Year-round learning experience can help improve student engagement in learning and provide long-term academic gains, but policymakers should adopt more favorable policies to help support these models, according to a new research brief.
The brief, which examines the benefits of year-round learning models and provides recommendations for policymakers, is the third in a series from the Harvard Family Research Project, a nonprofit research and evaluation center based at Harvard University, and the National Conference of State Legislatures.
A few examples of high-quality year-round learning models, such as the Freedom Schools Initiative supported by the Children’s Defense Fund, are included.
According to the new report, policymakers could create more flexible, blended funding streams to support year-round learning, as well as adopt policies that facilitate partnerships between schools, organizations, parents, and the community at large to enhance the quality of year-round models. Year-round learning can help curb summer learning loss, cut costs by having resources shared among partners, and provide better, more accurate data on student learning and performance by tracking students throughout the year.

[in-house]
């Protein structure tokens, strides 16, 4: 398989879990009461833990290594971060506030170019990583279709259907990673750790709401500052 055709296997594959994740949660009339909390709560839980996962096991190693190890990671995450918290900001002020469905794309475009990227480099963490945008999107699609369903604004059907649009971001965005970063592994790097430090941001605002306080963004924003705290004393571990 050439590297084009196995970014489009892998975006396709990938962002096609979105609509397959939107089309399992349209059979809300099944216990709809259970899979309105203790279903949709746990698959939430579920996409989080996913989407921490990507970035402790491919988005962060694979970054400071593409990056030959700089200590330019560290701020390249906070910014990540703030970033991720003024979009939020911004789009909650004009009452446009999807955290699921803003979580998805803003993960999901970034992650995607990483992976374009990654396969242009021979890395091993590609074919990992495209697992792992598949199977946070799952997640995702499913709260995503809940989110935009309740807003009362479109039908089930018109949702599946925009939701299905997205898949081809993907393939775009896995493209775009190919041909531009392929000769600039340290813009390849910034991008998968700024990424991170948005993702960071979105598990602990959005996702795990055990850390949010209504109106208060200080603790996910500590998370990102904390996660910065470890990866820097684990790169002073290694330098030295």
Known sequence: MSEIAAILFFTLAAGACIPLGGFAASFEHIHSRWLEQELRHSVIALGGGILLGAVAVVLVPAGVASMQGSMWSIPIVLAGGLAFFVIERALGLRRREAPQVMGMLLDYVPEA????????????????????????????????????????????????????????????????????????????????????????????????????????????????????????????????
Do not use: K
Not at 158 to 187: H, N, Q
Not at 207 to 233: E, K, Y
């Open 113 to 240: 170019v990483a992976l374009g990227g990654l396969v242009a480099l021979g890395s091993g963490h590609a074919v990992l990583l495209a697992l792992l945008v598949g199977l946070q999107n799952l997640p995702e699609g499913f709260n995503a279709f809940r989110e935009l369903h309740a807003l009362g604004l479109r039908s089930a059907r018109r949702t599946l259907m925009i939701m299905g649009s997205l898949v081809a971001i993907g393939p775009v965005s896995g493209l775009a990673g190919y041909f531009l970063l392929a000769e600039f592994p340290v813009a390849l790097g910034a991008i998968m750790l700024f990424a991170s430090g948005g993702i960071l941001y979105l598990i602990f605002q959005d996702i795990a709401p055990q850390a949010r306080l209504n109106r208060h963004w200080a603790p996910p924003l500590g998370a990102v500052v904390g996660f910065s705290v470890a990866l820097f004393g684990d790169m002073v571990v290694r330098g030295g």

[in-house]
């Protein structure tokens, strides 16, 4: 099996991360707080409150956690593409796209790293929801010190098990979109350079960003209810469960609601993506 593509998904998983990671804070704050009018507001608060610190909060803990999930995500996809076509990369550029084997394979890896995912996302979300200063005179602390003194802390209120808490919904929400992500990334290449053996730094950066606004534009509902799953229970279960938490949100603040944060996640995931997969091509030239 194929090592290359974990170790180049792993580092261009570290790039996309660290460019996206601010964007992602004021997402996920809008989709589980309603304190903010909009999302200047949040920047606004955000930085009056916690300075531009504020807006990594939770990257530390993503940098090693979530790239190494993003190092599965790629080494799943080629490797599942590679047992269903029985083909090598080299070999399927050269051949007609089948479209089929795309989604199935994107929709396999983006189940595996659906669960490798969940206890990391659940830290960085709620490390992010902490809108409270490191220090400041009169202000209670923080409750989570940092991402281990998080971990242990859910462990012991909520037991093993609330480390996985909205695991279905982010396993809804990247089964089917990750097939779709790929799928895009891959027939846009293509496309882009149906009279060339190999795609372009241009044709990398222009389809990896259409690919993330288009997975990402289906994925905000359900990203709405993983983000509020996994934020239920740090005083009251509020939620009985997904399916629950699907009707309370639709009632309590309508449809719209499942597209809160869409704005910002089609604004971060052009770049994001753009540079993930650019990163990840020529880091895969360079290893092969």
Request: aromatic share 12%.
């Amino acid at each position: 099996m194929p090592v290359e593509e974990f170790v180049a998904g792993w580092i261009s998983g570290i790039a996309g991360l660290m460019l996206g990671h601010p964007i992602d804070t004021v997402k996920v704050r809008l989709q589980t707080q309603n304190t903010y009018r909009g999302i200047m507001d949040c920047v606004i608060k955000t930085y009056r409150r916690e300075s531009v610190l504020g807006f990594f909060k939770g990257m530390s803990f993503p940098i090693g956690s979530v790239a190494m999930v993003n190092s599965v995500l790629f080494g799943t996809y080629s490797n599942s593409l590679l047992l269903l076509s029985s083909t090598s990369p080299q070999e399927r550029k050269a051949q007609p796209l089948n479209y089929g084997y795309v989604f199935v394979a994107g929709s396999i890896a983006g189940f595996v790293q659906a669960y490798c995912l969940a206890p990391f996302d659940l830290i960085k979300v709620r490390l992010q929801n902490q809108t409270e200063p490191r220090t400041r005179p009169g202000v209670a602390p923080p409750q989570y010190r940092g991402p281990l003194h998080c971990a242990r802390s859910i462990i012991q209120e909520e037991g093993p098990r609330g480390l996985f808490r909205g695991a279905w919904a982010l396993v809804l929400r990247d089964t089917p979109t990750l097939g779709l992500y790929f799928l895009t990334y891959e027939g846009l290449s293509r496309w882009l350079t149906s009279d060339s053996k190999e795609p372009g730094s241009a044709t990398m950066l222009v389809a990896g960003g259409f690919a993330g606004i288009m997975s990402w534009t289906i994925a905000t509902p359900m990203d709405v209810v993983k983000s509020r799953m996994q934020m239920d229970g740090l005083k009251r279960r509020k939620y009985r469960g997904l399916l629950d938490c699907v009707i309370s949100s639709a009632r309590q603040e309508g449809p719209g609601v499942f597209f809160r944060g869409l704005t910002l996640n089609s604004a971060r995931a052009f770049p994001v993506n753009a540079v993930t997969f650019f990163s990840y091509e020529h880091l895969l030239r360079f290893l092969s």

Year-round learning recognizes “that students do not stop learning when they leave the classroom,” the brief states. “In this expanded vision of education, no single setting offers the diverse resources necessary for youth to gain all the skills and knowledge they need to become well-rounded, successful adults.”
A version of this news article first appeared in the Beyond School blog.